# Synopsis: Searching for Millicharged Particles

Tiny dielectric spheres in an optical trap are used to search for hypothetical particles with a small fractional charge.

Some extensions of the standard model of particle physics predict the existence of particles with positive and negative charges far less than $1e$. Searches for these so-called millicharged particles in terrestrial matter (as opposed to astrophysical environments) have so far only been sensitive to charges as small as $\sim 0.1e$. Now, researchers in Giorgio Gratta’s group at Stanford University, California, have extended this search to charges with values as low as $5×{10}^{-5}e$ by looking for their possible effect on tiny, suspended dielectric spheres in an oscillating electric field. The researchers reported that if the hypothetical particles exist, they have an abundance of no more than $2.5×{10}^{-14}$ per nucleon in the material tested.

In a series of repeated experiments, Gratta and his colleagues suspended a silica sphere, about 5 micrometers in diameter, in an optical trap. After carefully removing any integer charges on each sphere with ultraviolet light, they applied an ocillating voltage across the optical trap and used lasers to detect tiny deviations in the microsphere’s position that could result from electrostatic forces on the millicharged particles. The main limit to the charge sensitivity is any asphericity, or other inhomogeneity, in the silica spheres. The setup, which is sensitive to forces of less than an attonewton, could also be used to search for deviations from Newtonian gravity on length scales comparable to the size of the microspheres.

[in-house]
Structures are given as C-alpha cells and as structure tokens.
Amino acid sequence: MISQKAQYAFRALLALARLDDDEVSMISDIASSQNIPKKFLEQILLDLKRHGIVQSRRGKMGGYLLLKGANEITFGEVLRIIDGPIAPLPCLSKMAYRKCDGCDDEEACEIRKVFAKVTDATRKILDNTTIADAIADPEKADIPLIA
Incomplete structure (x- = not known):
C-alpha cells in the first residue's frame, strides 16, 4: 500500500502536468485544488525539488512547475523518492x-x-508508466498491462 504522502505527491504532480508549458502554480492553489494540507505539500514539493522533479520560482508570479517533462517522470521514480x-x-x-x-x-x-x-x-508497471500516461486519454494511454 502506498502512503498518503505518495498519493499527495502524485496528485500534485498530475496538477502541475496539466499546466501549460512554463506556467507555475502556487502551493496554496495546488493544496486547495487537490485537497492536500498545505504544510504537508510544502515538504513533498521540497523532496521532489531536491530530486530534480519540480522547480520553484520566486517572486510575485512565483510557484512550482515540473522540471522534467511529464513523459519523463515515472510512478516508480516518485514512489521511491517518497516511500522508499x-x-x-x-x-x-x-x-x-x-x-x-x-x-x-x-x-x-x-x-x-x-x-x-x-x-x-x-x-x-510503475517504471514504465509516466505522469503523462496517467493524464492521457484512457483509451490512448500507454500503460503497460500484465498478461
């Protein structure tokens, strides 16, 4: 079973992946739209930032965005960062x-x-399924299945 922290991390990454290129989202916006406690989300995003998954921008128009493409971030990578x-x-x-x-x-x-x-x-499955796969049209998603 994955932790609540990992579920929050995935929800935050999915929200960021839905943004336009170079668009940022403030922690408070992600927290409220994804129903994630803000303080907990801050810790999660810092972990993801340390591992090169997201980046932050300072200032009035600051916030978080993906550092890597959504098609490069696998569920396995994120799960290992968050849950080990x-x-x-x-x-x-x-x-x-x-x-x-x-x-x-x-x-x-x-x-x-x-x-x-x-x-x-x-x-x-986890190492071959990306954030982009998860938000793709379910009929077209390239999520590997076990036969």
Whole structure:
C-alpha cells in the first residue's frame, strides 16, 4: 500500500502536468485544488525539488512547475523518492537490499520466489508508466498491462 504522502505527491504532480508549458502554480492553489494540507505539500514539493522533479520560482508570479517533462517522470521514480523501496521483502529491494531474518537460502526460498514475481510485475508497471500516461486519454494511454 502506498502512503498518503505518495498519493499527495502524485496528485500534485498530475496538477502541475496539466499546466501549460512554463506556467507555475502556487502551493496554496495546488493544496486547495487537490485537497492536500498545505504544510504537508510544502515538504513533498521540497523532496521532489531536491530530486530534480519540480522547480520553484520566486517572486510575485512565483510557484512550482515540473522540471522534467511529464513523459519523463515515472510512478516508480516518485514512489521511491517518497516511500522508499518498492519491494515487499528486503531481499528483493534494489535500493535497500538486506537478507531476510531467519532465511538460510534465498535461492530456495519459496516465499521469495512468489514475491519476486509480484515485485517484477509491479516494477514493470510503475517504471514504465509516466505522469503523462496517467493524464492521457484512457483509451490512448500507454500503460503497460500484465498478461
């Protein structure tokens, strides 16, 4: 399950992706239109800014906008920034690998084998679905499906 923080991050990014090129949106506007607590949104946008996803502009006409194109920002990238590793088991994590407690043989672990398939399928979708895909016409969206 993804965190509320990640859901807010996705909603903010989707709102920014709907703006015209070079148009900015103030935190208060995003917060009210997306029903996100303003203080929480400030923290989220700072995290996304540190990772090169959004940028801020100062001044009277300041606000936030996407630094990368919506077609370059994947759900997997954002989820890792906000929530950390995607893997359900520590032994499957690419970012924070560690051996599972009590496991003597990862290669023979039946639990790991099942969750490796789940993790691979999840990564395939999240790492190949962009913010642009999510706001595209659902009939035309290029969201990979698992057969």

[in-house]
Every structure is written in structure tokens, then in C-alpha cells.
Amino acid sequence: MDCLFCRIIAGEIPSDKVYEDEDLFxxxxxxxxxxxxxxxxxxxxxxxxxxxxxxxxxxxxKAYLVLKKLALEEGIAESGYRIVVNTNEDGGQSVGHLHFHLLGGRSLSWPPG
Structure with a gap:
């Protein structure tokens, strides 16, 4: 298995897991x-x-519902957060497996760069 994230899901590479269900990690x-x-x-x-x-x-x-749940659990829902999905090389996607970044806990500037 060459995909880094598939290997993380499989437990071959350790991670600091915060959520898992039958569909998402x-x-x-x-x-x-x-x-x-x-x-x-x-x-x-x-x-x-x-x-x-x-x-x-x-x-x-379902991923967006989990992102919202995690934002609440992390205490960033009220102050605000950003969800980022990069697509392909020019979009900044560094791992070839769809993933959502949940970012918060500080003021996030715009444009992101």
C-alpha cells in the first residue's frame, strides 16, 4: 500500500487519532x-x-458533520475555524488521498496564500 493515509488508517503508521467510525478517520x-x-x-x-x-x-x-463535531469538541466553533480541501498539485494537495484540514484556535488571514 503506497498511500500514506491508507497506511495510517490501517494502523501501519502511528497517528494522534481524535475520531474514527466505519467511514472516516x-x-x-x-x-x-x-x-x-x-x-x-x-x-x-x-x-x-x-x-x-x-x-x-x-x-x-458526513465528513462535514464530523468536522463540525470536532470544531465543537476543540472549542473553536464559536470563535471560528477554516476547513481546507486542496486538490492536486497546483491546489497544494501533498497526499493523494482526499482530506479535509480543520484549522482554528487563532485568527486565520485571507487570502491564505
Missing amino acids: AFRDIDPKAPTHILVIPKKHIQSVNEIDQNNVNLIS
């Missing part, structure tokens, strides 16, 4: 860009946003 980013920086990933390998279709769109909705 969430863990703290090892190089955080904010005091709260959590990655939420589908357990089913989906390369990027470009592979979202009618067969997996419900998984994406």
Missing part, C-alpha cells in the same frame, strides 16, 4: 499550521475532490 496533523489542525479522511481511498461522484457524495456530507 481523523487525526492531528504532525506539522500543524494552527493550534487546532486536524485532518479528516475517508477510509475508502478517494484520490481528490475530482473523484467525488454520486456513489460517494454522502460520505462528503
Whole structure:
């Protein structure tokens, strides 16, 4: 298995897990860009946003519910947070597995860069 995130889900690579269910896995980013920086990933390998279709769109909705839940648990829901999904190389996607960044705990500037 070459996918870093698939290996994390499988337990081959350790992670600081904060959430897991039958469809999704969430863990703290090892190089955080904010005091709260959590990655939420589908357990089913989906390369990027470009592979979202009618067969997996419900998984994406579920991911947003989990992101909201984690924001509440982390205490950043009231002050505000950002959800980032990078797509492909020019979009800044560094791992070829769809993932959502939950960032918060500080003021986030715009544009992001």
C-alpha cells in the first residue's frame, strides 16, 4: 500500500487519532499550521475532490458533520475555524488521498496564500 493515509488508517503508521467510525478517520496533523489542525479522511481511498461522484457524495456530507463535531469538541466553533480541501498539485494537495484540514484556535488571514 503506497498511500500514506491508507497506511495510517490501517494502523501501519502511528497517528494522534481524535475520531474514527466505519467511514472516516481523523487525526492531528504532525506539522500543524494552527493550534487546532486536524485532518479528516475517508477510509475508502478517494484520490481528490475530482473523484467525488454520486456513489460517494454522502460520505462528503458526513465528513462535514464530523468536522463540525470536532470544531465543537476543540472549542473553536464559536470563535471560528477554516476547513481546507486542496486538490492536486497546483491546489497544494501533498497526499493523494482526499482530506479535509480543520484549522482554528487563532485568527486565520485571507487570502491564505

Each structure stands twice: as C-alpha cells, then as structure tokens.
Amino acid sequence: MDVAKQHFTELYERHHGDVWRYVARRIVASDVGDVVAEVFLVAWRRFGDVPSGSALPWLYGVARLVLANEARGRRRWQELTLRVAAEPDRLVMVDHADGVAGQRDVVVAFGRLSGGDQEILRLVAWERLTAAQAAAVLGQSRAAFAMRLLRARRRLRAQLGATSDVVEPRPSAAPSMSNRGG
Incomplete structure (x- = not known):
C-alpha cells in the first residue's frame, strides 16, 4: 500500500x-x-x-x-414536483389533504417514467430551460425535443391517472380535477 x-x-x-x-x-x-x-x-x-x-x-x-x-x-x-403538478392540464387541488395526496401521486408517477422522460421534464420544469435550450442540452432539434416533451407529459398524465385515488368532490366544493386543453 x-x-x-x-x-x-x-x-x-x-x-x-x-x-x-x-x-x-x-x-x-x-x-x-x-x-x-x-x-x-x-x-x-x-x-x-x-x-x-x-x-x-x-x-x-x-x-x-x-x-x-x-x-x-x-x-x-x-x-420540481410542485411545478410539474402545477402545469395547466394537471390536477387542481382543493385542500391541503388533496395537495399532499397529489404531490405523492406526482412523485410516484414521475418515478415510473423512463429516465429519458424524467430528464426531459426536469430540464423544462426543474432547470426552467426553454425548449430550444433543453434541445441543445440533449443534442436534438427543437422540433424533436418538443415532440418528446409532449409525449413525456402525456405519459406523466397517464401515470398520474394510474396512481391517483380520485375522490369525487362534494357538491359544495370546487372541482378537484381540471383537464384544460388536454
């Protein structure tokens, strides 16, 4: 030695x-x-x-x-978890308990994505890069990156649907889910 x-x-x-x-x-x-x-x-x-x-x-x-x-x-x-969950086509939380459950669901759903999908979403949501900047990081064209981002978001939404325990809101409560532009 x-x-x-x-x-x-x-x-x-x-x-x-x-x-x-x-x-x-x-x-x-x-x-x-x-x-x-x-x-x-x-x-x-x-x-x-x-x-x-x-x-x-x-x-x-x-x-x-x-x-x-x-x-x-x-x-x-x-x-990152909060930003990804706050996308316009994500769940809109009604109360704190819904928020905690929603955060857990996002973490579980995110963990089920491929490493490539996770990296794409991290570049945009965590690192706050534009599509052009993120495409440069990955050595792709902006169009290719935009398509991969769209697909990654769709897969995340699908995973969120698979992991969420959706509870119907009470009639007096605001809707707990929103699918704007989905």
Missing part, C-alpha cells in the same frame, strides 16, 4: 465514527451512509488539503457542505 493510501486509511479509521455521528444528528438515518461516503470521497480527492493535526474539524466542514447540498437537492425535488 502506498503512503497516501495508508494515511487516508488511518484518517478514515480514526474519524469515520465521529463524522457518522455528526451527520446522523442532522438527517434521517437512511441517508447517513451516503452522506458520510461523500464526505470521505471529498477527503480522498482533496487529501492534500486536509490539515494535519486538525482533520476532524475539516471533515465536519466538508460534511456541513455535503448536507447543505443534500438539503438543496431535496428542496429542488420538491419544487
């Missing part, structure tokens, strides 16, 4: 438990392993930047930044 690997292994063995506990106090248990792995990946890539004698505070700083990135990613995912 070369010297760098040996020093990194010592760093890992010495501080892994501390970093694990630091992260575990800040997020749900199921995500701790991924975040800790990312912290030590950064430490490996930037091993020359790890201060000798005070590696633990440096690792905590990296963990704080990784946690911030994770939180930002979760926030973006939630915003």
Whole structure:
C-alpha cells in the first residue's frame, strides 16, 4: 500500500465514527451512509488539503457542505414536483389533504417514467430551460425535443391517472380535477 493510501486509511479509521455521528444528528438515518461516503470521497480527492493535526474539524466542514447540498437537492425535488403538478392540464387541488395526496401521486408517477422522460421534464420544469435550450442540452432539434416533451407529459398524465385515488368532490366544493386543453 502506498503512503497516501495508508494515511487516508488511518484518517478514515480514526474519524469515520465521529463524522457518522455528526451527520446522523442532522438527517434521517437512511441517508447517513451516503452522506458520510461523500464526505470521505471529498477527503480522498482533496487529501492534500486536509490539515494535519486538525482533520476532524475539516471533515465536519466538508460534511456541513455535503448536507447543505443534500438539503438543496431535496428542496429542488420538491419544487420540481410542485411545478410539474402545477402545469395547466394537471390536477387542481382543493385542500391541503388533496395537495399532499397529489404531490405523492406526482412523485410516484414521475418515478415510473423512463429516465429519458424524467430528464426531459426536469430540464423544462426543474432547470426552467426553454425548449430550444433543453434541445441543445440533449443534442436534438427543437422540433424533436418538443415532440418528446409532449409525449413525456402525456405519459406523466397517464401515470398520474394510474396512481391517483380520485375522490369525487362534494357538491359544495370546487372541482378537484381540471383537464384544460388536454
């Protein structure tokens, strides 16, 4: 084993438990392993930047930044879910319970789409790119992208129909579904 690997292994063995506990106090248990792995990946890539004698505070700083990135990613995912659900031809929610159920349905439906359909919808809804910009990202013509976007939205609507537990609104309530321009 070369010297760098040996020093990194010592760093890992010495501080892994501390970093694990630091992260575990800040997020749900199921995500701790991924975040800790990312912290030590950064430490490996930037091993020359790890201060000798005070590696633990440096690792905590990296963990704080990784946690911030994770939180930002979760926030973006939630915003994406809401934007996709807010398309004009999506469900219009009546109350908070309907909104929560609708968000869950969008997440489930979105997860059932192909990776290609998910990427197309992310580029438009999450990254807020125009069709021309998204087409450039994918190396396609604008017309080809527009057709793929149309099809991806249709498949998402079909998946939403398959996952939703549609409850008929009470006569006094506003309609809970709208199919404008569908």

This research is published in Physical Review Letters.

–Katherine Kornei

Correction (18 December 2014): An earlier version incorrectly attributed the figure to Giorgio Gratta.

More Features »

### Announcements

More Announcements »

## Subject Areas

Particles and Fields

Cosmology

## Next Synopsis

Biological Physics

## Related Articles

Atomic and Molecular Physics

### Viewpoint: Trapped Ions Test Fundamental Particle Physics

New precision experiments using trapped molecular ions provide an alternative method for determining if the electron has an electric dipole moment. Read More »

Particles and Fields

### Synopsis: Dark Photon Conjecture Fizzles

The lack of so-called “dark photons” in electron-positron collision data rules out scenarios in which these hypothetical particles explain the muon’s magnetic moment. Read More »

Particles and Fields

### Viewpoint: A Doubly Charming Particle

High-precision experiments at CERN find a new baryon containing two charm quarks. Read More »